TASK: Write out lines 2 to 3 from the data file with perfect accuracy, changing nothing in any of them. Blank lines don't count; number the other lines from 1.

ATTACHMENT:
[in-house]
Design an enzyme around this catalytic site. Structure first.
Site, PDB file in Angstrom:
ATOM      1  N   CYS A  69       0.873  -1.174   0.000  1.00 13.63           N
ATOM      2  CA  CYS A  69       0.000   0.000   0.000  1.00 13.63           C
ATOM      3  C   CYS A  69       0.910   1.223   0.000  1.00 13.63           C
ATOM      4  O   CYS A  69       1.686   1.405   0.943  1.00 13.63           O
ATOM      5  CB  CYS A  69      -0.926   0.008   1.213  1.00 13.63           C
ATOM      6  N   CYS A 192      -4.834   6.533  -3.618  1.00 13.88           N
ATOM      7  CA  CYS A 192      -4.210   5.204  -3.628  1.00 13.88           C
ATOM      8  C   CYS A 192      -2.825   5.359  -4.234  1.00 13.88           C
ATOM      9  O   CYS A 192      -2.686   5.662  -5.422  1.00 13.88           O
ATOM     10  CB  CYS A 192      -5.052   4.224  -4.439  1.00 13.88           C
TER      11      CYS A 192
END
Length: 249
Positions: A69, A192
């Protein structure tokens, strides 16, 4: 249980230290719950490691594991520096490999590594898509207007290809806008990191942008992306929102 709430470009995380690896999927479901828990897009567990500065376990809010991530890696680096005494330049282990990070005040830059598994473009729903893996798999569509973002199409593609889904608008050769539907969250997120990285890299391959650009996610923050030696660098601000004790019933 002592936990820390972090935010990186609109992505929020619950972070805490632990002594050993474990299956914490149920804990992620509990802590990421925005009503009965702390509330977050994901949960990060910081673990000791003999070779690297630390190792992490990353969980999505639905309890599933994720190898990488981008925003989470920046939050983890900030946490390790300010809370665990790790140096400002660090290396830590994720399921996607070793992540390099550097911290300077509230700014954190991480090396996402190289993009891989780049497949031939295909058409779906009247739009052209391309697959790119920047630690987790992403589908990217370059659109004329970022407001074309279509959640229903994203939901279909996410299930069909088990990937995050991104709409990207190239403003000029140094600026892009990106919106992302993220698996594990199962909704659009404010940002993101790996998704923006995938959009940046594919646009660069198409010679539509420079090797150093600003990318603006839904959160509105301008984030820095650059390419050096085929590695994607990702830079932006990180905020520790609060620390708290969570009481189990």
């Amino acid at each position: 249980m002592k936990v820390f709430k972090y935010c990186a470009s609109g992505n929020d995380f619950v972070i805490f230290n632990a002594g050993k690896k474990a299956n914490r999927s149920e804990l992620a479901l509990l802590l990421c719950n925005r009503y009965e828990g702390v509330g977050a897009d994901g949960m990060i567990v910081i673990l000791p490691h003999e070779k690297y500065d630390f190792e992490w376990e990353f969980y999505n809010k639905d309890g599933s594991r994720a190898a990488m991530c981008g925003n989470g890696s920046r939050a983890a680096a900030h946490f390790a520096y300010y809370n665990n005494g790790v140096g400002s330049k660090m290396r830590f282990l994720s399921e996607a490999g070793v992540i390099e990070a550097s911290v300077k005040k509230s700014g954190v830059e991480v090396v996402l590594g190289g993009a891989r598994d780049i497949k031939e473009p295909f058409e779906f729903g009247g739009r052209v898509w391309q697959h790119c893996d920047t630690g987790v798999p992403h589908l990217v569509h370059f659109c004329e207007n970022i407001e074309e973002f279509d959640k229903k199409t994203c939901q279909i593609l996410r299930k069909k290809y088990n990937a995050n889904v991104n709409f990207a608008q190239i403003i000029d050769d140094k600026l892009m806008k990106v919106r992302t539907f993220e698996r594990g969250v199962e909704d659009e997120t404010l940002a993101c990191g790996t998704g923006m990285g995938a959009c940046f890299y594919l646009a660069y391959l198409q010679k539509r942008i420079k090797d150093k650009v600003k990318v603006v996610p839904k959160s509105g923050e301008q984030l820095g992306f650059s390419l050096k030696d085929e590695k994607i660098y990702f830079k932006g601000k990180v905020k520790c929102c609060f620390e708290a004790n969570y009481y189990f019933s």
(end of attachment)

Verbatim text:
Design an enzyme around this catalytic site. Structure first.
Site, PDB file in Angstrom: